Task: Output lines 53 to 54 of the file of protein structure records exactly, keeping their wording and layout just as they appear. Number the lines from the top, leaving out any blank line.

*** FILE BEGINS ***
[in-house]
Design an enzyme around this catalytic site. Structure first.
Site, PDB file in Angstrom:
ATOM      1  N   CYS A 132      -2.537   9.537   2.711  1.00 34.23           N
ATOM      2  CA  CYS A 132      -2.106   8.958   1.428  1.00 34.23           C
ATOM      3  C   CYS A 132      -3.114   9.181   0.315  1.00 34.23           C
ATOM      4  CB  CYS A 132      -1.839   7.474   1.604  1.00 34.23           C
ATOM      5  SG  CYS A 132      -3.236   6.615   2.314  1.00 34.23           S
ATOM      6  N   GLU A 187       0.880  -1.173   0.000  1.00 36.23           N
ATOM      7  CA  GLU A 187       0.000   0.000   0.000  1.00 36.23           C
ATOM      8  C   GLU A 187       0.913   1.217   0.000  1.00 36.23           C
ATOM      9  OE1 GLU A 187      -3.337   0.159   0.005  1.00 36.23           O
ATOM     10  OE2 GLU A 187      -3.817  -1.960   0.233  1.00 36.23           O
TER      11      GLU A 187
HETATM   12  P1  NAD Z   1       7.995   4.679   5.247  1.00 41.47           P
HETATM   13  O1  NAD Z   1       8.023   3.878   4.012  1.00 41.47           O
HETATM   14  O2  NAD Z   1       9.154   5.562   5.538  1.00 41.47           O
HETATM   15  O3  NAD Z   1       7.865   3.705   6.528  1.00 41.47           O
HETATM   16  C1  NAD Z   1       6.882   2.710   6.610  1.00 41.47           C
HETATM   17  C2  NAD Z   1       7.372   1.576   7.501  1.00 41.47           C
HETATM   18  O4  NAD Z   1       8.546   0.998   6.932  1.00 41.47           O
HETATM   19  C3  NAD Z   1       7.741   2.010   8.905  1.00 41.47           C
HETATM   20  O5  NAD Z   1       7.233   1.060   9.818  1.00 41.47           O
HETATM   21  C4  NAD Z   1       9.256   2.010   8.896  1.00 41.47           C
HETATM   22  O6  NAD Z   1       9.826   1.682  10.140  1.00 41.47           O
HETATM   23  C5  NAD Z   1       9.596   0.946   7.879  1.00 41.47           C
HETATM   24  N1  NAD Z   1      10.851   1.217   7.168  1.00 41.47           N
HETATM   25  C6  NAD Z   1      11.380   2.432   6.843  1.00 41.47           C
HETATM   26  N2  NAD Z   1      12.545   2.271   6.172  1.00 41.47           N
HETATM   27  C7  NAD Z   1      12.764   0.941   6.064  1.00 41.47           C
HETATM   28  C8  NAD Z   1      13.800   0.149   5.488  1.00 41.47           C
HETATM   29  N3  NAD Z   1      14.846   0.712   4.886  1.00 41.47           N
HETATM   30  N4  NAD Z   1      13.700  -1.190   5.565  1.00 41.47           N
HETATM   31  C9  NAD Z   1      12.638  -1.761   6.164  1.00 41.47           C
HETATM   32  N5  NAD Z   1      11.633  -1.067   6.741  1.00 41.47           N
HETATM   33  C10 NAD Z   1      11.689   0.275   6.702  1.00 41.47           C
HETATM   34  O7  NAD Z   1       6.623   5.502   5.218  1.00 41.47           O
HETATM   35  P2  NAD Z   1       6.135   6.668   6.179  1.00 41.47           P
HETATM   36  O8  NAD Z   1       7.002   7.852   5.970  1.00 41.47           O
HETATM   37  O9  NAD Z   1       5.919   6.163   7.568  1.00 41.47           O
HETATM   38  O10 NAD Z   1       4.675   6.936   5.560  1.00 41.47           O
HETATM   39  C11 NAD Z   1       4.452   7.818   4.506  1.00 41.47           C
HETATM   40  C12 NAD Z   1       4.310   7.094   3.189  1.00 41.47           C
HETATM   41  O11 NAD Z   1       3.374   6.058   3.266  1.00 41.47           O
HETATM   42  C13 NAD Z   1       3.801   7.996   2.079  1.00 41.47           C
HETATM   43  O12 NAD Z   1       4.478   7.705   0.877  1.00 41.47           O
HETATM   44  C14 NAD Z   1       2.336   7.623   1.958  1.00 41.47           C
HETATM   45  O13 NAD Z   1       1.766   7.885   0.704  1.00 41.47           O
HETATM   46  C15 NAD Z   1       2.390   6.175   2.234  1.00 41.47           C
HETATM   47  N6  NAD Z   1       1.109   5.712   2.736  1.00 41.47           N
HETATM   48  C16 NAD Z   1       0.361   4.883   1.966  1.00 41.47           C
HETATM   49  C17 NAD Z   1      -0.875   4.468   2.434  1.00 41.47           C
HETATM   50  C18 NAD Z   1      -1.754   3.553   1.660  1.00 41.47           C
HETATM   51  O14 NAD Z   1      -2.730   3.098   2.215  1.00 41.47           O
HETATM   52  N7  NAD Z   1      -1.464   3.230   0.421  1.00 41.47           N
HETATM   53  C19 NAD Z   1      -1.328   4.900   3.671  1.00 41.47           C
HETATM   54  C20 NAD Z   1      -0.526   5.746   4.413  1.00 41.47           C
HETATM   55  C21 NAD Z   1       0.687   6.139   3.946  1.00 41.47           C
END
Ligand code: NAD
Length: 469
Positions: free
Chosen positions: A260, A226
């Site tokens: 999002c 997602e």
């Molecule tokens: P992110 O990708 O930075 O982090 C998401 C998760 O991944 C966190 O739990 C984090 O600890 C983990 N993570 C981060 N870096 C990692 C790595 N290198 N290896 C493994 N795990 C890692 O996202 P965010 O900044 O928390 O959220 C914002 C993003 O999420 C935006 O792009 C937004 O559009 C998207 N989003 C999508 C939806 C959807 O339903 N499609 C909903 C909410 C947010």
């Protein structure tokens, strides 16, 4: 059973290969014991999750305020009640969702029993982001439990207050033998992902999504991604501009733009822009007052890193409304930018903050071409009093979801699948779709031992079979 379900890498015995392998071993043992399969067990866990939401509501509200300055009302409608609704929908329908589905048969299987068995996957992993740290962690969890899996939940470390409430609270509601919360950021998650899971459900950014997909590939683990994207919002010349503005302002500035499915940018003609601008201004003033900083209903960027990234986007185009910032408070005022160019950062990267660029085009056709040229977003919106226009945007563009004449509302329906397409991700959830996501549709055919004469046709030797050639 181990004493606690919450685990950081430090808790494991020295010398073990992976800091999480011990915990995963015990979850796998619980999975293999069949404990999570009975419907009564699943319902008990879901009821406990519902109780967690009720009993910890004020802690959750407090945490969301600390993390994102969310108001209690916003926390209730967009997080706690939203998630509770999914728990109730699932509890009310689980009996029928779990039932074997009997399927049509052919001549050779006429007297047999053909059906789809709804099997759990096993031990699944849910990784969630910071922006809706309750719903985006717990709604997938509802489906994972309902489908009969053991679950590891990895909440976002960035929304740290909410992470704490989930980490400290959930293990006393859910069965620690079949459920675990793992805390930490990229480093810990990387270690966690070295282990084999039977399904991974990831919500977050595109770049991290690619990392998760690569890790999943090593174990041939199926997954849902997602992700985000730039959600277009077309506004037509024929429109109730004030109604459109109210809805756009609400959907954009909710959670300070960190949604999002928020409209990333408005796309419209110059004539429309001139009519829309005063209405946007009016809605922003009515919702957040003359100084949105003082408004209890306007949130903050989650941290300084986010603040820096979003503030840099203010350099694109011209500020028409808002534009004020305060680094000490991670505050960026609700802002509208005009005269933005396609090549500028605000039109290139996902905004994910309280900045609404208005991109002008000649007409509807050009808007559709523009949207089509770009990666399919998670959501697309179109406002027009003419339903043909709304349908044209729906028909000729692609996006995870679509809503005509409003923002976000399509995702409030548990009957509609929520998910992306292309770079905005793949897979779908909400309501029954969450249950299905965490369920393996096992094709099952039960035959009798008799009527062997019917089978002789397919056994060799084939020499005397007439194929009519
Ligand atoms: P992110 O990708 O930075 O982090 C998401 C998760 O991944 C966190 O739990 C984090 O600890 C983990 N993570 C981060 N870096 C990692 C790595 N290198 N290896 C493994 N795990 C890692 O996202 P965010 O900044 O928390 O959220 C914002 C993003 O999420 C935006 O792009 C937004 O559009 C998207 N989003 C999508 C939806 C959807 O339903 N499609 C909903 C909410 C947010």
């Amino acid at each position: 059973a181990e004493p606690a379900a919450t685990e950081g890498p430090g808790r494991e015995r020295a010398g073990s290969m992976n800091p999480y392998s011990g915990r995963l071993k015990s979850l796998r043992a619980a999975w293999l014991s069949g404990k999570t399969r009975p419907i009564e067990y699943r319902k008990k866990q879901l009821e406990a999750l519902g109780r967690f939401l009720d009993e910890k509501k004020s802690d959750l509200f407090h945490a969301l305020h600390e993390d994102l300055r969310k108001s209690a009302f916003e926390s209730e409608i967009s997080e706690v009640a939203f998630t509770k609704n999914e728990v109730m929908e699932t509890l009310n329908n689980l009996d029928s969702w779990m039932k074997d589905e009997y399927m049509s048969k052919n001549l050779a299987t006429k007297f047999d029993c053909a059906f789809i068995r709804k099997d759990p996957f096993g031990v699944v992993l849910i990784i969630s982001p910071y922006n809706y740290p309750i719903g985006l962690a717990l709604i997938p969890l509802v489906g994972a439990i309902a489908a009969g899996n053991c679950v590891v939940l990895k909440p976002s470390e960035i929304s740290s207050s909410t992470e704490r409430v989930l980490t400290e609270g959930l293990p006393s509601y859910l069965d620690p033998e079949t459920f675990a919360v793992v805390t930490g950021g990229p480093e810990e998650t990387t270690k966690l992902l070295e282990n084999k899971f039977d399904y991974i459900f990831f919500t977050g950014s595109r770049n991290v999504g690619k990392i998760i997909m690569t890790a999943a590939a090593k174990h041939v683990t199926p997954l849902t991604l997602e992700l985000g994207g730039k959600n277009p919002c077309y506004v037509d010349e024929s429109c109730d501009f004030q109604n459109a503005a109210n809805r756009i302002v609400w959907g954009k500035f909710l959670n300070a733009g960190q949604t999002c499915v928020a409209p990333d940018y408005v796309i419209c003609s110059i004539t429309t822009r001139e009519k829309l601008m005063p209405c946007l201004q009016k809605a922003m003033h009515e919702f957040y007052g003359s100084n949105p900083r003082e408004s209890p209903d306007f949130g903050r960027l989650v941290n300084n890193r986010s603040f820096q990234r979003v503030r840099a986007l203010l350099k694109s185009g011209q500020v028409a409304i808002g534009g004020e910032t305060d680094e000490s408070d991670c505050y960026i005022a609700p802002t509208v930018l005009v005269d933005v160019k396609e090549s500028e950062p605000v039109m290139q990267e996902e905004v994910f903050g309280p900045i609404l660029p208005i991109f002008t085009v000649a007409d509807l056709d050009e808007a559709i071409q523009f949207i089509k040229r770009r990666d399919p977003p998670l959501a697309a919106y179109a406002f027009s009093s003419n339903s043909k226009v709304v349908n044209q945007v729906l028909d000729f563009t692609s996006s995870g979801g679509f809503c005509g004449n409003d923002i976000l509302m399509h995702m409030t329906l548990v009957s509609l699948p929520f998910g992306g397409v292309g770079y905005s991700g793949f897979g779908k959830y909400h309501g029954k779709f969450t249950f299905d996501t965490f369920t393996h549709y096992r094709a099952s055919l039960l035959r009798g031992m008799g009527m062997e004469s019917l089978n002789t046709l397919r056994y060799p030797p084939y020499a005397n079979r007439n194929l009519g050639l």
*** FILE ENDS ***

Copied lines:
HETATM   50  C18 NAD Z   1      -1.754   3.553   1.660  1.00 41.47           C
HETATM   51  O14 NAD Z   1      -2.730   3.098   2.215  1.00 41.47           O